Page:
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Threatened Abortion


A woman who is pregnant   who experiences cramping or bleeding   at any time should call her health care provider. A pregnant woman who experiences these symptoms but does not have a health care provider should go to her closest hospital's emergency department to be examined.

A pregnant woman should go to the hospital if she experiences the following symptoms:

  • Heavy bleeding (soaking more than one pad per hour)
  • Passing something that looks like tissue (Place this tissue in a container and take it with you to the hospital.)
  • Severe cramping (like a menstrual period)
  • Cramping or bleeding accompanied by fever
  • Bleeding or abdominal pain   in a woman who has had a previous ectopic (tubal) pregnancy
  • Vomiting   so severe she can't keep anything down


Self-Care at Home

If a woman is not sure if she is pregnant, a home pregnancy test will confirm or exclude pregnancy in most cases. If a woman knows she is pregnant and experiences cramps   or vaginal bleeding  , she should call her health care provider at once and follow the health care provider's instructions.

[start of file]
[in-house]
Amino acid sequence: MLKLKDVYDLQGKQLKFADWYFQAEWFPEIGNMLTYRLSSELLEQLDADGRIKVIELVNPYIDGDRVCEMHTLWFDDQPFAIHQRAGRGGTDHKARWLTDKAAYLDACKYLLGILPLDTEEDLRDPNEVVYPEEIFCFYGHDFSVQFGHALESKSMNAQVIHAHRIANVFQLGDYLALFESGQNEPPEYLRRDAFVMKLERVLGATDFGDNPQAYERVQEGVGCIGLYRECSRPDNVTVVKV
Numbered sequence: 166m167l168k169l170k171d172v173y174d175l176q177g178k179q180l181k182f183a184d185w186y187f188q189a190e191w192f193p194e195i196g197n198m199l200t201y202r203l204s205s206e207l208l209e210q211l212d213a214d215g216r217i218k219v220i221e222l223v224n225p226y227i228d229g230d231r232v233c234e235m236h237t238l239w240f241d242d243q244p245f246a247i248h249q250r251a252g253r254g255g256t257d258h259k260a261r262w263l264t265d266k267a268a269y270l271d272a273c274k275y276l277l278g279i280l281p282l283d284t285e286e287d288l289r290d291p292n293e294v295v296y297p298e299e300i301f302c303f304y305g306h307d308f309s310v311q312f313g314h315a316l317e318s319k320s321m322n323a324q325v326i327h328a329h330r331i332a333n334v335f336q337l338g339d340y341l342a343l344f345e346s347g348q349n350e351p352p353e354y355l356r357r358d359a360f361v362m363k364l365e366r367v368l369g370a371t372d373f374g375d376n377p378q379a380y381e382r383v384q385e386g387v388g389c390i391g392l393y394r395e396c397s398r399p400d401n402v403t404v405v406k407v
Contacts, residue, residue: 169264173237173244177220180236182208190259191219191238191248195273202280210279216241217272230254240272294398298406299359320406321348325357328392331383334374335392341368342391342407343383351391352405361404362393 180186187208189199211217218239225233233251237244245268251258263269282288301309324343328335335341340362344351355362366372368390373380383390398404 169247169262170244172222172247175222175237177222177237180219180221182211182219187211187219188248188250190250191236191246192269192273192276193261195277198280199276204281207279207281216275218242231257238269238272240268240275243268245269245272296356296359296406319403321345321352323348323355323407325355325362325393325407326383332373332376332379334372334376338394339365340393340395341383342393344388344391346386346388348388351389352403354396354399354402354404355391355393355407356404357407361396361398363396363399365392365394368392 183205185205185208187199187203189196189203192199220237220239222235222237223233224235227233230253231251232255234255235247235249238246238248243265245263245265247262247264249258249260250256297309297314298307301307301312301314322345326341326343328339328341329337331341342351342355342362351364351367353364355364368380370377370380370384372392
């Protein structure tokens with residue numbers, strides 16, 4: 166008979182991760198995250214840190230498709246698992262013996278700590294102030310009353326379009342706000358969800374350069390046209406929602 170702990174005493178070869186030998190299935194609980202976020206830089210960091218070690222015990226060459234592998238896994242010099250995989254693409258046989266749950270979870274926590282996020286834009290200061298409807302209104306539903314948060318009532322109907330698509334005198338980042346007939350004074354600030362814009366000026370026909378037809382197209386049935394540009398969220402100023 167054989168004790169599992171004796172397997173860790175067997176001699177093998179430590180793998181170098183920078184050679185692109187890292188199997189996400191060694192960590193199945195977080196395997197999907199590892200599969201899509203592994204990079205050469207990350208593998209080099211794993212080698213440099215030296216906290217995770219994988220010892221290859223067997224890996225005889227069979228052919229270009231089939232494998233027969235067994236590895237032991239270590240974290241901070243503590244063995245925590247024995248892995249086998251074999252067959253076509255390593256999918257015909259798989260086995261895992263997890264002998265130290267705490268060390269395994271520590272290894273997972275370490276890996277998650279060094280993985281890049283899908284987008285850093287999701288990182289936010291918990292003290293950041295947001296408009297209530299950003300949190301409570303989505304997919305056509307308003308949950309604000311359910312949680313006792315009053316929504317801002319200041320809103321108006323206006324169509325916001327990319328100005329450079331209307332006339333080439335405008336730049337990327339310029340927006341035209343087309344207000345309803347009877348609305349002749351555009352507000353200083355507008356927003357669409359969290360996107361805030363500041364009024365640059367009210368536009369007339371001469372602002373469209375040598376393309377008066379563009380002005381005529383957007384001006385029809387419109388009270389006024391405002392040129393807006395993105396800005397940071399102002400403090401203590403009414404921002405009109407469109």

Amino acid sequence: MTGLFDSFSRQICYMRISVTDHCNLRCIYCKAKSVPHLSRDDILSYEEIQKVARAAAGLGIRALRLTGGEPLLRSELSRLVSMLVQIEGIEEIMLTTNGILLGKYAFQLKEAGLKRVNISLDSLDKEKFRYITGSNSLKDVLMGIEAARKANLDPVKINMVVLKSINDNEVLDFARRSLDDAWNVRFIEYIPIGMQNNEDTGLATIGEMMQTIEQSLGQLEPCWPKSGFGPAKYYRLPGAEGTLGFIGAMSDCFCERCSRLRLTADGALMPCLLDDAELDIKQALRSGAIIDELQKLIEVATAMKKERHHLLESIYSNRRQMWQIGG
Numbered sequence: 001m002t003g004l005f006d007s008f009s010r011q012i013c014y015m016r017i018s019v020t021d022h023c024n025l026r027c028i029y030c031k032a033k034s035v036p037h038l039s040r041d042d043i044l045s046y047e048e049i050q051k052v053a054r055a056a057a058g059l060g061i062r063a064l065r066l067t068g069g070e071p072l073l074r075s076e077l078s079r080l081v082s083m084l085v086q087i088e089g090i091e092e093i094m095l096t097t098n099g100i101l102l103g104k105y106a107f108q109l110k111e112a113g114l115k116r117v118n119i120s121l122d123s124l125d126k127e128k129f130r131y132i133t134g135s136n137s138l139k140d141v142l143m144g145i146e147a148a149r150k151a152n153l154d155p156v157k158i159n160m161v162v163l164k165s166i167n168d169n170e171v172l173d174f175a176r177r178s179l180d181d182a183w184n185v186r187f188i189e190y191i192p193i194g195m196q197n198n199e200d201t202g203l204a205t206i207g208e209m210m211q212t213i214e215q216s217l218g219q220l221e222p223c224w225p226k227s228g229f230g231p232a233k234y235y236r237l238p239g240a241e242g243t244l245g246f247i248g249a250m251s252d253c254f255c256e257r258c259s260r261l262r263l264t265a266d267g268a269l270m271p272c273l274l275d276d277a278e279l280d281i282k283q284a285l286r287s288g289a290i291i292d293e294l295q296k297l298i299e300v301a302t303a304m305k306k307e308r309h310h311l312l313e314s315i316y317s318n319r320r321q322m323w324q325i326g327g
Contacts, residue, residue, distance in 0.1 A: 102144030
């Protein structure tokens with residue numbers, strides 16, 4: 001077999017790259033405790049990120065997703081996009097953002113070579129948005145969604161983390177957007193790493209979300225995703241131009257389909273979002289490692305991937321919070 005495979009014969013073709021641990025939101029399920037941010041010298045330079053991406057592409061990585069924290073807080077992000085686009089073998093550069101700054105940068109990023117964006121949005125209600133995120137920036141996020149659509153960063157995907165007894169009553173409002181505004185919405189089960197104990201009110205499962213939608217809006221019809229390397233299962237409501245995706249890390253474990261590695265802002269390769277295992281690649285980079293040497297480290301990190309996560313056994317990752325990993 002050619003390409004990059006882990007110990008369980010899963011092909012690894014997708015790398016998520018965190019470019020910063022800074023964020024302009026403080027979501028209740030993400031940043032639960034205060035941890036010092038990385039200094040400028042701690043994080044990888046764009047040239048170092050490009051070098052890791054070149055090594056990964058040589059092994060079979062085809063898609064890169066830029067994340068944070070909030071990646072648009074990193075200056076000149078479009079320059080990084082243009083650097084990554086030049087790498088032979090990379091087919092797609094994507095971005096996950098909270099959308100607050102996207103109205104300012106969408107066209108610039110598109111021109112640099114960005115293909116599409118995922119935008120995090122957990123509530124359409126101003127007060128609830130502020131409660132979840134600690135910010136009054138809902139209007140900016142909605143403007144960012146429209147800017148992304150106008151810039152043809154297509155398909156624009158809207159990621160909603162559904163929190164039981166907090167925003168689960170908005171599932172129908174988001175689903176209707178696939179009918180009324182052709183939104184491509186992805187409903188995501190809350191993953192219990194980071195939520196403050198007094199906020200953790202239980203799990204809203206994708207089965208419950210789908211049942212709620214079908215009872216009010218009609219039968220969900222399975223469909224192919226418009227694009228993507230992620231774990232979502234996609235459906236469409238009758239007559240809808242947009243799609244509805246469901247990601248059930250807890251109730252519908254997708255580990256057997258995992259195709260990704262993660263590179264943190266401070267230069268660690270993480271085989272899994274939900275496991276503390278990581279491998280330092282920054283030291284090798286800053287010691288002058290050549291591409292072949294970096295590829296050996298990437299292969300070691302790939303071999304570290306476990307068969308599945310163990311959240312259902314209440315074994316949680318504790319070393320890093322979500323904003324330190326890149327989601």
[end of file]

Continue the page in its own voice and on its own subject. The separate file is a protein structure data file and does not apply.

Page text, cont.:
• Although rest will not prevent miscarriage, a woman may feel better if she avoids exerting herself.
  • Do not douche or insert anything (including tampons) into the vagina.
  • Do not have sex until symptoms have been completely gone for 1 week.
  • Return to the emergency department in the following cases:
    • Acupuncture  Cramping worsens
    • Bleeding worsens (requiring more than 1 pad per hour)
    • Passage of tissue
    • Fever
    • Anything else alarming

Another blood test may be performed in 48-72 hours to check the hCG level. The rise or fall of this level is helpful in predicting if the pregnancy has ended. If the level is falling, the pregnancy may have ended.

A follow-up ultrasound may be performed.



While there is no way to predict or prevent miscarriage in most cases, certain steps can be taken to improve the chance of a pregnancy continuing to term.

  • Get prenatal care and follow the advice of your health care provider.
  • Avoid alcohol, nicotine, and street drugs, especially cocaine.
  • Avoid or reduce caffeine intake.
  • Control high blood pressure   and diabetes  .
  • Get treatment for infections.

More than half of women who bleed during the first 12 weeks of pregnancy stop bleeding and have a healthy pregnancy. For the other half of these women, cramping and bleeding worsen and they eventually miscarry.

A woman may not know whether she is going to miscarry when she leaves the emergency department.


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